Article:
Whites who develop the cancer, called esophageal adenocarcinoma, usually develop an abnormal lining of their throat condition called Barrett's metaplasia, the researchers say. This is followed by a precancerous condition called dysplasia, and finally, cancer. However, African-Americans who develop esophageal adenocarcinoma were observed not to develop Barrett's metaplasia as frequently.
"Our finding is significant because it suggests that physicians should be alert to the fact that esophageal adenocarcinoma doesn't necessarily present identically in African Americans and whites," says Pierre R. Theodore, M.D., a fellow and resident in Hopkins' Department of Surgery. "And though this cancer is rare in African-Americans, they have a worse rate of survival than do whites."
Theodore presented the results of this study this week at the 84th annual meeting of the American Association of Thoracic Surgeons in Toronto.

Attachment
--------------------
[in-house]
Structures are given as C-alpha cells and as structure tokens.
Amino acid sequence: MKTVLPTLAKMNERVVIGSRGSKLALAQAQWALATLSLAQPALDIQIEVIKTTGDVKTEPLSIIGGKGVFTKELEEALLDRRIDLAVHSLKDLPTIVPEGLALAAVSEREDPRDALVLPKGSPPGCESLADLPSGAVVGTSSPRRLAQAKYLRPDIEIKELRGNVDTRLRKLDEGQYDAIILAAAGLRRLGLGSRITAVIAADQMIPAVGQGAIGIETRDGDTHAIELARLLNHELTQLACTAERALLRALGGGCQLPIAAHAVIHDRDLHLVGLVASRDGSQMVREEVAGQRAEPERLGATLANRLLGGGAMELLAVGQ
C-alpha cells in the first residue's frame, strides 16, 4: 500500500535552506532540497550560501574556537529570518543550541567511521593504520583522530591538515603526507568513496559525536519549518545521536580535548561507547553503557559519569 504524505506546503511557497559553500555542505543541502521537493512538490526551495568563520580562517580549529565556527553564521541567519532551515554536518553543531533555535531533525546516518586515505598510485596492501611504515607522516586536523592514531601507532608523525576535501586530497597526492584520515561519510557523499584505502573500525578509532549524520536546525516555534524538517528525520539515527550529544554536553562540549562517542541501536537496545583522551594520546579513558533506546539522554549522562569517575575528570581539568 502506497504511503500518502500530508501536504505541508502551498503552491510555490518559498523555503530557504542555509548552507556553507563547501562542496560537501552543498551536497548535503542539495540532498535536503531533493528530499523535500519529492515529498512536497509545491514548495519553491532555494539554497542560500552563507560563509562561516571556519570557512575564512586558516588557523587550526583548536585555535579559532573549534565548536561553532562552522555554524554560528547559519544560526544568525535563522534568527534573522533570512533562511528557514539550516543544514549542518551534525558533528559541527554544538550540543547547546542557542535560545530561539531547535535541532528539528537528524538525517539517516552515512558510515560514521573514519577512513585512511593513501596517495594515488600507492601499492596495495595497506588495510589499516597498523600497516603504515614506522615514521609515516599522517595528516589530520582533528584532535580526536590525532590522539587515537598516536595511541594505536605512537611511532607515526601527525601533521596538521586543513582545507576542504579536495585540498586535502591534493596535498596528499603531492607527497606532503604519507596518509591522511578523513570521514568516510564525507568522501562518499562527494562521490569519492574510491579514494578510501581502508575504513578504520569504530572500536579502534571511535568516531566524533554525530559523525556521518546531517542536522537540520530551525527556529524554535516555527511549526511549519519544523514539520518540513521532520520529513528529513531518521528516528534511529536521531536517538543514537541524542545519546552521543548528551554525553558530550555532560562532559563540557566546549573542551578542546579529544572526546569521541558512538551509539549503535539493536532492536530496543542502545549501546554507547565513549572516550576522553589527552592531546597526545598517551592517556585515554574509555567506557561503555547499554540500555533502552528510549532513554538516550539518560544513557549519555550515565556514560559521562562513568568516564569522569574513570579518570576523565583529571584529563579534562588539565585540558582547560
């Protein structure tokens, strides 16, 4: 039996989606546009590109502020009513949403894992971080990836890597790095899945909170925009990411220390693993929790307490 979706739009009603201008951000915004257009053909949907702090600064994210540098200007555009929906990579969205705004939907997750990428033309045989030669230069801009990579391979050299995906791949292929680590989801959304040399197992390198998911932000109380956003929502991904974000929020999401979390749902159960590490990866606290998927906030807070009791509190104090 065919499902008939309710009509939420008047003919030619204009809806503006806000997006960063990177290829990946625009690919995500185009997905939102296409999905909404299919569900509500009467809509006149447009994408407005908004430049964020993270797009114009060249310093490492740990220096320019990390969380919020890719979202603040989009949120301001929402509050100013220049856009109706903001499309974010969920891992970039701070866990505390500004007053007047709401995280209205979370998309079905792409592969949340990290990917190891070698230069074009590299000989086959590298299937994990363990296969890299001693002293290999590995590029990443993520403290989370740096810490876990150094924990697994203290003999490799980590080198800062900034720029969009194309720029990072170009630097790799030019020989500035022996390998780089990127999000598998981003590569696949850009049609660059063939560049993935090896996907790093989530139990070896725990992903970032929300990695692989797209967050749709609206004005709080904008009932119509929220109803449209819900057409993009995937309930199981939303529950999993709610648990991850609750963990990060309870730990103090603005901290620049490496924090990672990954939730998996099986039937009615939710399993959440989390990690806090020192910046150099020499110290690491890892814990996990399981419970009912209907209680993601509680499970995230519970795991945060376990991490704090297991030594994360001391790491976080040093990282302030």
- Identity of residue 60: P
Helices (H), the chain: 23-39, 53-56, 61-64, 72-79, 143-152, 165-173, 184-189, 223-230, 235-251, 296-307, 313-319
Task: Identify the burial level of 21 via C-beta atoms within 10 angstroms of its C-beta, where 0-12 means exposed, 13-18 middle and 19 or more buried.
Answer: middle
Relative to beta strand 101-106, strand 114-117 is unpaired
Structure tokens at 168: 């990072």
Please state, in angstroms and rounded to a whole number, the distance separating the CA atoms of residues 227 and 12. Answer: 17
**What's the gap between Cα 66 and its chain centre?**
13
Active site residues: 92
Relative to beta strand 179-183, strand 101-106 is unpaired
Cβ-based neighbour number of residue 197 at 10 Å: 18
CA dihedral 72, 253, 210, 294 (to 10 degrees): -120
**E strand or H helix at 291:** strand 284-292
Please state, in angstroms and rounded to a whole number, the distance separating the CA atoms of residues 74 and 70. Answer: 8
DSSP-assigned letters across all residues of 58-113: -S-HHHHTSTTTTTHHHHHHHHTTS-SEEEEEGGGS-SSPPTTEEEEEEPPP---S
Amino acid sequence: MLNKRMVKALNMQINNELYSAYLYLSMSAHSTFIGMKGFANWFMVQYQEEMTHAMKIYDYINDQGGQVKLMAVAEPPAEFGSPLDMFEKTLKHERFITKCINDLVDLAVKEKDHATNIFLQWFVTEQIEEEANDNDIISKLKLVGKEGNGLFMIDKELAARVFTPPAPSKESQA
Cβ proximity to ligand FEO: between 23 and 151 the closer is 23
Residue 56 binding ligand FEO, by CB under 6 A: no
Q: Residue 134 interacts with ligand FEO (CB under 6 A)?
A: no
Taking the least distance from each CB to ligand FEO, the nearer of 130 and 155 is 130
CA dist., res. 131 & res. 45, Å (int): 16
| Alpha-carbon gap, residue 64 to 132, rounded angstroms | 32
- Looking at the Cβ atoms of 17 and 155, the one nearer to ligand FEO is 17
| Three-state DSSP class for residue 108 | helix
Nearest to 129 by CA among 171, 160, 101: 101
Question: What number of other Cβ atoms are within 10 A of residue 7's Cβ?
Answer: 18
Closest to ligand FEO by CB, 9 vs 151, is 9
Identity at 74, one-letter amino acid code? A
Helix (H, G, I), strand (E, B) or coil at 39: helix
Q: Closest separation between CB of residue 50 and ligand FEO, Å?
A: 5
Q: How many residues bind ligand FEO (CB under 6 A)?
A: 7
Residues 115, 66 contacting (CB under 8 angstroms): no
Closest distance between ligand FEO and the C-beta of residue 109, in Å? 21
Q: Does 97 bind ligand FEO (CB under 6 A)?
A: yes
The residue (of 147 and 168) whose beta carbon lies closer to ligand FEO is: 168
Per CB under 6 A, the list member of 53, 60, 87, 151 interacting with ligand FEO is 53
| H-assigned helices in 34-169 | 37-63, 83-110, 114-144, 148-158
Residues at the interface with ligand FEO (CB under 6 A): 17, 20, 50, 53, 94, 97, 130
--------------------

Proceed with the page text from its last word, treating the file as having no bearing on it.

The Hopkins researchers made their findings during a study of 574 patients with esophageal adenocarcinoma, of whom 3.5 percent (20/574) were African-American.
Compared to whites, African-Americans were significantly less likely to have Barrett's metaplasia - the early form of esophageal adenocarcinoma. Specifically, 20 percent (4/20) of African-Americans had Barrett's metaplasia versus 57 percent of whites (317/554). Moreover, only 35 percent (7/20) of African Americans had a history of gastrointestinal reflux disease (GERD) versus 54 percent (301/554) of whites. GERD is a disorder in which stomach acid backs up into the esophagus, causing the symptom of heartburn. Continued GERD can destroy the layer of tissue lining of the esophagus, which, in some cases, is replaced
Contact: Trent Stockton
Johns Hopkins Medical Institutions